All-star breaks out of slump with two singles and drives in two runs in 4-1 victory over Rays. Elias allows just one run in six innings.

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ST. PETERSBURG, Fla. — The prevailing sentiment from the Mariners when it came to Robinson Cano and his recent struggles have been universal: “He’ll be fine,” or some variation of it. It doesn’t matter if it’s manager Lloyd McClendon doing the talking, hitting coach Howard Johnson, teammate Nelson Cruz or the kid chosen to be batboy for that day’s game. They all say and believe pretty much the same thing — Cano will hit.

It’s a differing response from large portions of the team’s fan base, which has fretted and grown frustrated with the all-star second baseman’s slumping start.

Cano helped quell the doubters, for at least a game, driving in a pair of runs with RBI singles in Seattle’s 4-1 victory over the Tampa Bay Rays at Tropicana Field. The Mariners (21-23) have won 10 of their last 16 games.

Tuesday

Mariners @ Rays, 4:10 p.m., ROOT Sports

Cano drove in the first run of the game and plated a key insurance run in the top of the eighth inning pushing his RBI total to 13 — sixth most on the team. Is it a small showing of progress?

“I thought that was a real nice outing for Robby,” McClendon said. “The bat speed’s back. He got a couple of big hits. There’s nothing like positive results. The guy’s track record is so good, you know he’s going to hit. You’re just waiting on when. It shows how good we can be from a lineup standpoint when he’s hitting.”

After answering questions about why he wasn’t hitting and the myriad runners he was leaving on base for the last few weeks, Cano was more than happy to discuss something different — success.

“Of course, it feels good when you do your job, especially with men in scoring position and it helps to win a game,” he said. “And in my case, it’s been a struggle with men in scoring position. Hopefully it will start from today.”

Cano came to the plate with runners on first and second with no outs in the first inning against Rays’ starter Jake Odorizzi. He fell behind in the count, but yanked a 2-2 split-finger fastball into right field to score Seth Smith from second.

“I was just looking for something up over the plate and stay way from bad pitches,” he said. “I was able to stay back and use my back leg instead of jumping out there.”

Known for being ultra smooth and impossibly cool on the field, Cano showed some modesty, making a gesture to the dugout and the baseball world as if to say — “finally.”

“You are going to go through good things and bad things and in my career, I’ve been through a lot of good things,” he said. “This is the kind of thing that will make you a stronger and better player.”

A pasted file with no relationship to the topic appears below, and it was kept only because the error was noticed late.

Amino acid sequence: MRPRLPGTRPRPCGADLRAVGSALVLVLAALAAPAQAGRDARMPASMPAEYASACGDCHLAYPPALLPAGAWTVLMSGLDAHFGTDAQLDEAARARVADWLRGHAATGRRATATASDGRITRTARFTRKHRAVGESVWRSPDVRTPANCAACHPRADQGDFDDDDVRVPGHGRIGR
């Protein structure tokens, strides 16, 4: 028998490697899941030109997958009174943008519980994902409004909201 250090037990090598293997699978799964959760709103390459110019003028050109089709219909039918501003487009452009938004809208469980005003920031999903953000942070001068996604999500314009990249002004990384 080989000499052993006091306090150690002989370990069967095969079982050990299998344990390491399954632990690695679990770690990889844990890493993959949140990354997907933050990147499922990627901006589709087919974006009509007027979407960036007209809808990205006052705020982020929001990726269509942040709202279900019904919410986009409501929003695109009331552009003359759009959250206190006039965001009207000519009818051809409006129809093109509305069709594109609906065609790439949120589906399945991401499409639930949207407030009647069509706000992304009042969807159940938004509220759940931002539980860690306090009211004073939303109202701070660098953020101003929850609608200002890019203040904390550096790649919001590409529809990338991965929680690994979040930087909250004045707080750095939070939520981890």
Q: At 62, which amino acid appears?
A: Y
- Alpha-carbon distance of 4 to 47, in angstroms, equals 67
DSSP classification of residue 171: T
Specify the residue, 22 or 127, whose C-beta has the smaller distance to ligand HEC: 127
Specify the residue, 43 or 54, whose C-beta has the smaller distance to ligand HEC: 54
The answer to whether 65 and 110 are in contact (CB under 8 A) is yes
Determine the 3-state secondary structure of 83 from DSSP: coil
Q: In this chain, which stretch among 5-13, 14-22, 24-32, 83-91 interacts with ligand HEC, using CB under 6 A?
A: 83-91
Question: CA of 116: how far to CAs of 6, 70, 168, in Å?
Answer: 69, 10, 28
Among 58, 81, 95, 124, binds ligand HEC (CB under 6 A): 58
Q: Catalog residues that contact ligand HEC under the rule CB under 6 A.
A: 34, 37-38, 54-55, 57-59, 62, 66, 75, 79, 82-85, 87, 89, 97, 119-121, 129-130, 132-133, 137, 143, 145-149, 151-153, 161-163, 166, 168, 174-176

It was the first run he had driven in since May 12 against the Padres — a span of 50 plate appearances.

While Cano’s success was unexpected given his recent struggles, Cruz continued his torrid start to the season, lining a single into right field to score Brad Miller.

But that’s all Seattle would get off Odorizzi. He never got into any serious trouble for the next six innings, holding the Mariners scoreless and shaking off his first-inning woes. He finished with seven innings pitched, two runs allowed (one earned) on five hits with two walks and seven strikeouts.

But Seattle starter Roenis Elias made the early two runs stand up to improve to 2-1, going six innings and allowing one run on six hits with three walks and six strikeouts.

“I battled through the first few innings, but good thing I had good command of my fastball, a good changeup and a good curveball,” Elias said through translator and bullpen coach Mike Rojas.

Elias wasn’t as dominant as his previous outing in Baltimore. Runners reached base in every inning except for the first inning, but the only run that he allowed came in the sixth inning when he left a 1-0 fastball down the middle of the plate to Logan Forsythe, who redirected the pitch deep into left field onto the tarp that hid some of the many empty seats before a crowd of 10,410.

After coming through in the first inning, Cano had no trouble pushing the lead to 3-1 in the eighth against reliever Steve Geltz. Smith led off with a hustling double on his sharp ground ball off the glove of shortstop Tim Beckham. Cano then pulled a hard ground ball through the right side to score Smith.

“It makes it way easier,” Cano said. “At the same time, it’s tough facing a guy you’ve never seen before. I just was able to come through in that situation.”

And with Fernando Rodney ready to pitch in a save situation in the ninth, Mike Zunino added another “just-in-case” run in the ninth inning. After falling behind 0-2 in the count, he came back and worked the count full against reliever Brandon Gomes.

Zunino won the battle when Gomes hung a slider and he obliterated it into the upper deck in left field for his sixth homer of the season.

Rodney provided minimal drama in the ninth. He worked a scoreless inning, despite allowing a two-out single, to pick up his 13th save in 14 chances.

Memorial Day bliss
The Mariners have the best Memorial Day record in the majors since the franchise’s inception in 1977. Here are the top five:
Team Record Win pct.
Seattle 24-12 .666
Boston 22-13 .628
Baltimore 21-13 .617
Toronto 20-13 .606
Cincinnati 20-15 .571
Source: Mariners